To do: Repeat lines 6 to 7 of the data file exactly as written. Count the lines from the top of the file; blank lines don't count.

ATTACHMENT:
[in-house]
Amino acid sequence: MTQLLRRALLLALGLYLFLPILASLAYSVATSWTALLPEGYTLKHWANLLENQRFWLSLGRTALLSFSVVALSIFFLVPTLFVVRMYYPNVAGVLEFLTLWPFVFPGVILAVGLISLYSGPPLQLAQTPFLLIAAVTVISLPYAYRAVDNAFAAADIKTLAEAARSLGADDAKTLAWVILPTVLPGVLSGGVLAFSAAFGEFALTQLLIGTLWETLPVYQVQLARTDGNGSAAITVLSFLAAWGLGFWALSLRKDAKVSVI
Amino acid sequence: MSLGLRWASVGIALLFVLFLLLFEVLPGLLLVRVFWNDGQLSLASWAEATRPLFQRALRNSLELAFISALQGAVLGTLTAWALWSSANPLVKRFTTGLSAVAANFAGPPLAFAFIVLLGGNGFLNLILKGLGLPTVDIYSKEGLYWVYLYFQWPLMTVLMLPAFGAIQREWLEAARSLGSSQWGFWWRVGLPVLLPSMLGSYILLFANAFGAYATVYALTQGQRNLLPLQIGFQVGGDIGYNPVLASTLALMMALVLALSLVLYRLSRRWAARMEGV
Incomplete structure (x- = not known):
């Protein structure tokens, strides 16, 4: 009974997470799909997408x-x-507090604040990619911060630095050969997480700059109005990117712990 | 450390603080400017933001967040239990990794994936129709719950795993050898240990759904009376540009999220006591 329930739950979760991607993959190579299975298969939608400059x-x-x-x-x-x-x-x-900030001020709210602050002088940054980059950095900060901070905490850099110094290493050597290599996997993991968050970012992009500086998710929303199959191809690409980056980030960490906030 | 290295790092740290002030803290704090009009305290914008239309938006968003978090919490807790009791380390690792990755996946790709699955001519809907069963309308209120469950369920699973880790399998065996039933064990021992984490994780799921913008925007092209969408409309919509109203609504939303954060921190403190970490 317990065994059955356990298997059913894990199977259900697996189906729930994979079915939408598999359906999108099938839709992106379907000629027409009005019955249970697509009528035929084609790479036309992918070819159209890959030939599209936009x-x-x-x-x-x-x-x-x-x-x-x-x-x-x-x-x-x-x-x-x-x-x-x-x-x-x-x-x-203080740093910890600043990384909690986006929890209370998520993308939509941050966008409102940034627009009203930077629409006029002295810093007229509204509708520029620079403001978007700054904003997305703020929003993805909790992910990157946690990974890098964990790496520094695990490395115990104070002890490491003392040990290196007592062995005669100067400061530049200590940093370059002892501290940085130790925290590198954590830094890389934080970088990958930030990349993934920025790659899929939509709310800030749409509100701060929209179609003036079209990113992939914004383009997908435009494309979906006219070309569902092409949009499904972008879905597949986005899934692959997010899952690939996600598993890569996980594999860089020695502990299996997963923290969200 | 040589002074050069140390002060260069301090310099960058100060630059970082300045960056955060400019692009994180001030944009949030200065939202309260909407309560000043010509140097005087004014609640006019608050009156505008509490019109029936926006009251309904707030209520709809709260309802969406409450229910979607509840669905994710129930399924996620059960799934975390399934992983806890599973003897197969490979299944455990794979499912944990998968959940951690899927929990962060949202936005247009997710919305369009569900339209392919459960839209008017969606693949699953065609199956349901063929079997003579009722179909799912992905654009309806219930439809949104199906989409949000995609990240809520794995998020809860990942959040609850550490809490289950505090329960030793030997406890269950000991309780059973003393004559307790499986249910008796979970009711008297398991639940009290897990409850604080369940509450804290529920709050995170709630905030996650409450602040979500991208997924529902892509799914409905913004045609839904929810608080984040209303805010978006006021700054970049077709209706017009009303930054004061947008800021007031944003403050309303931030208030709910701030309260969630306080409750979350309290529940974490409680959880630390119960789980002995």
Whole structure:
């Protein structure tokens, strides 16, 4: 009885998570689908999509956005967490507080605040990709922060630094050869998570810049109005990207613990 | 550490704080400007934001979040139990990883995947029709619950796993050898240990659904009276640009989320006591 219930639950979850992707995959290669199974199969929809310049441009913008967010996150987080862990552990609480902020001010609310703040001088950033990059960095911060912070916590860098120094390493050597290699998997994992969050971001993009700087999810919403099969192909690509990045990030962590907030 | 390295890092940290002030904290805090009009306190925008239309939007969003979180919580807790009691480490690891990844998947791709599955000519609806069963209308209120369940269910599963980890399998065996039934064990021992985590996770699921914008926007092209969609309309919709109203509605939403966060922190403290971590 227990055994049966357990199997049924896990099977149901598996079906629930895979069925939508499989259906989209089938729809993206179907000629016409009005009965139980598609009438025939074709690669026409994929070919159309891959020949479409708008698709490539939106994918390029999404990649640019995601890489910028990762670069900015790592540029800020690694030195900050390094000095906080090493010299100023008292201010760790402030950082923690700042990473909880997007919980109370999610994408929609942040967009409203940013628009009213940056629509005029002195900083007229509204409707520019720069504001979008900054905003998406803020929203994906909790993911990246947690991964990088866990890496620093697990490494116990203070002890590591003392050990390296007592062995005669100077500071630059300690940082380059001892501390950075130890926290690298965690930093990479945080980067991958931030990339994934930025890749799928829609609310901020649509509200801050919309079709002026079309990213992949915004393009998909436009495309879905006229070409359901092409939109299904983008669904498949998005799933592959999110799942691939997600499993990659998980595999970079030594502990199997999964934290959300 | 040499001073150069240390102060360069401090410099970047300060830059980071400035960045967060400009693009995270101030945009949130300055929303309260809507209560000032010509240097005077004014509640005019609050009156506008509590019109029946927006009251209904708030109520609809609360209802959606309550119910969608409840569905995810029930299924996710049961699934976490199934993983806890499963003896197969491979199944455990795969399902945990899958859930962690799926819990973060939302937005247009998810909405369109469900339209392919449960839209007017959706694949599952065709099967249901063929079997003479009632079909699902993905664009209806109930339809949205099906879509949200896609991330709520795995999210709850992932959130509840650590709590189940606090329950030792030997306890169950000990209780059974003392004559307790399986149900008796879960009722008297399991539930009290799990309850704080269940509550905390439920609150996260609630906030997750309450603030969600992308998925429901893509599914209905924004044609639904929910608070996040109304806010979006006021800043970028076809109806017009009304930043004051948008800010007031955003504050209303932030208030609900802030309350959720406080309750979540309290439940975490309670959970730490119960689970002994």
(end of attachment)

Whole structure:
């Protein structure tokens, strides 16, 4: 009885998570689908999509956005967490507080605040990709922060630094050869998570810049109005990207613990 | 550490704080400007934001979040139990990883995947029709619950796993050898240990659904009276640009989320006591 219930639950979850992707995959290669199974199969929809310049441009913008967010996150987080862990552990609480902020001010609310703040001088950033990059960095911060912070916590860098120094390493050597290699998997994992969050971001993009700087999810919403099969192909690509990045990030962590907030 | 390295890092940290002030904290805090009009306190925008239309939007969003979180919580807790009691480490690891990844998947791709599955000519609806069963209308209120369940269910599963980890399998065996039934064990021992985590996770699921914008926007092209969609309309919709109203509605939403966060922190403290971590 227990055994049966357990199997049924896990099977149901598996079906629930895979069925939508499989259906989209089938729809993206179907000629016409009005009965139980598609009438025939074709690669026409994929070919159309891959020949479409708008698709490539939106994918390029999404990649640019995601890489910028990762670069900015790592540029800020690694030195900050390094000095906080090493010299100023008292201010760790402030950082923690700042990473909880997007919980109370999610994408929609942040967009409203940013628009009213940056629509005029002195900083007229509204409707520019720069504001979008900054905003998406803020929203994906909790993911990246947690991964990088866990890496620093697990490494116990203070002890590591003392050990390296007592062995005669100077500071630059300690940082380059001892501390950075130890926290690298965690930093990479945080980067991958931030990339994934930025890749799928829609609310901020649509509200801050919309079709002026079309990213992949915004393009998909436009495309879905006229070409359901092409939109299904983008669904498949998005799933592959999110799942691939997600499993990659998980595999970079030594502990199997999964934290959300 | 040499001073150069240390102060360069401090410099970047300060830059980071400035960045967060400009693009995270101030945009949130300055929303309260809507209560000032010509240097005077004014509640005019609050009156506008509590019109029946927006009251209904708030109520609809609360209802959606309550119910969608409840569905995810029930299924996710049961699934976490199934993983806890499963003896197969491979199944455990795969399902945990899958859930962690799926819990973060939302937005247009998810909405369109469900339209392919449960839209007017959706694949599952065709099967249901063929079997003479009632079909699902993905664009209806109930339809949205099906879509949200896609991330709520795995999210709850992932959130509840650590709590189940606090329950030792030997306890169950000990209780059974003392004559307790399986149900008796879960009722008297399991539930009290799990309850704080269940509550905390439920609150996260609630906030997750309450603030969600992308998925429901893509599914209905924004044609639904929910608070996040109304806010979006006021800043970028076809109806017009009304930043004051948008800010007031955003504050209303932030208030609900802030309350959720406080309750979540309290439940975490309670959970730490119960689970002994």